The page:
The superfamily of serine proteinase inhibitors (serpins) are involved in a number of fundamental biological processes such as blood coagulation, complement activation, fibrinolysis, angiogenesis, inflammation and tumor suppression and are expressed in a cell-specific manner. The average protein size of a serpin family member is 350-400 amino acids, but gene structure varies in terms of number and size of exons and introns. Previous studies of all known serpins identified 16 clades and 10 orphan sequences. Vertebrate serpins can be conveniently classified into six sub-groups. We provide additional data that updates the phylogenetic analysis in the context of structural and functional properties of the proteins. From these, we can conclude that the functional classification of serpins relies on their protein structure and not on sequence similarity.
[Show abstract][Hide abstract] ABSTRACT: Skin mucus is the first barrier of fish defence. Proteins from skin mucus of European sea bass (Dicentrarchus labrax) were identified by 2DE followed by LC-MS/MS. From all the identified proteins in the proteome map, we focus on the proteins associated with several immune pathways in fish. Furthermore, the qPCR transcript levels in skin are shown. Proteins found include apolipoprotein A1, calmodulin, complement C3, fucose-binding lectin, lysozyme and several caspases. To our knowledge, this is the first skin mucus proteome study and further transcriptional profiling of the identified proteins done on this bony fish species. This not only contributes knowledge on the routes involved in mucosal innate immunity, but also establishes a non-invasive technique based on locating immune markers with a potential use for prevention and/or diagnosis of fish diseases.This article is protected by copyright. All rights reserved
"All catfish serpin genes were clustered into distinct families with their respective counterparts from other teleosts. Notably, serpinA8 appears to be significantly different from its family members as it is distantly related to the other genes in the serpinA subfamily, which is consistent with the observation reported in mammals (Atchley et al., 2001; van Gent et al., 2003). The annotation for several catfish serpin genes from serpinA, serpinB and serpinC subfamilies were Table 3 Copy numbers of serpin genes in several representative vertebrate genomes. "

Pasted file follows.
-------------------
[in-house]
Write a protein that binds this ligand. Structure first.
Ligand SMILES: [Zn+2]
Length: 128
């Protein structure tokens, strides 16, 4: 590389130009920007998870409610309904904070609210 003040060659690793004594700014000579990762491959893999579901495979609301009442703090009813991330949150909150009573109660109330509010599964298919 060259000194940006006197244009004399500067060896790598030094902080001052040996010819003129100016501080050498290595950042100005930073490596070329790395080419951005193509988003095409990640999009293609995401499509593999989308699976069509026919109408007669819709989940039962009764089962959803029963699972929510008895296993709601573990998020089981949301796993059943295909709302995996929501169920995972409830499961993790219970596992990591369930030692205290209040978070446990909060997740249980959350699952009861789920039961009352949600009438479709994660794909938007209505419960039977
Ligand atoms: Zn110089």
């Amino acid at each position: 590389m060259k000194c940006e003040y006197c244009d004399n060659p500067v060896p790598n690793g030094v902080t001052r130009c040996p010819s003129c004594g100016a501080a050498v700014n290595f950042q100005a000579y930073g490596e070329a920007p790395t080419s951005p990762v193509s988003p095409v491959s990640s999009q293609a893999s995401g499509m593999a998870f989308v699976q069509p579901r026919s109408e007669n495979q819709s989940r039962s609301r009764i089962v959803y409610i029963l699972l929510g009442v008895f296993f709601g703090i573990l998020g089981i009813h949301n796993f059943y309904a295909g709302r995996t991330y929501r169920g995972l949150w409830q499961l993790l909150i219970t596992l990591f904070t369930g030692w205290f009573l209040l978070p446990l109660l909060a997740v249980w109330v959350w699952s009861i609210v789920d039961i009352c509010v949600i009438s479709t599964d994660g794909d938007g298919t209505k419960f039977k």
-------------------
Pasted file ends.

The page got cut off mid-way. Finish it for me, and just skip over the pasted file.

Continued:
"The members of serpin superfamily have instrumental roles in a variety of physiological and cellular functions and are associated with the vertebrate blood coagulation cascade, complement activation, inflammation, programmed cell death, cell development, and fibrinolysis 1-3. Serpins are single domain proteins with an average size: 350-400 amino acids and molecular weights of 40-60 kDa 2-4. These proteins are classified into two functional categories - inhibitory (majority) such as antithrombin III 5, while some of them are non-inhibitory, which adopt other function than inhibitory roles such as angiotensinogen, which lost inhibition during vertebrate evolution 6. Serpins are thought to have evolved through gene duplication and divergence events, giving rise to a large number of serpin genes within an organism, each encoding a protein with a unique reactive center region and physiological function(s) 7. "
[Show abstract][Hide abstract] ABSTRACT: Members of serpins superfamily are involved in wide array of cellular processes to control proteolytic activities of eukaryotic organisms. Vertebrate serpins are extensively studied and reported to be classified into six groups based on gene structures. However, there is no study conducted for serpins in urochordates (the closest living invertebrates related to vertebrates) to date. To unravel further the phylogenetic history of serpin genes, we characterized serpin genes from two urochordates (Ciona intestinalis and Ciona savignyi). There are 11 and 5 serpins in the C. intestinalis and C. savignyi, respectively. The exon/intron structure and genomic locus comparisons together with sequence phylogenetic analysis, suggested that urochordate serpins are classified into six groups (U1-U6), different from six groups (V1-V6) of vertebrate serpins. Human α1-antitrypsin shared lower sequence identities and similarities with urochordates serpins ranged from 14-29% and 30-49%, respectively. Based on protein sequences, genes and genomic architectures, we conclude that these two urochordates do not contain a single copy of genuine ortholog of the vertebrate serpins.
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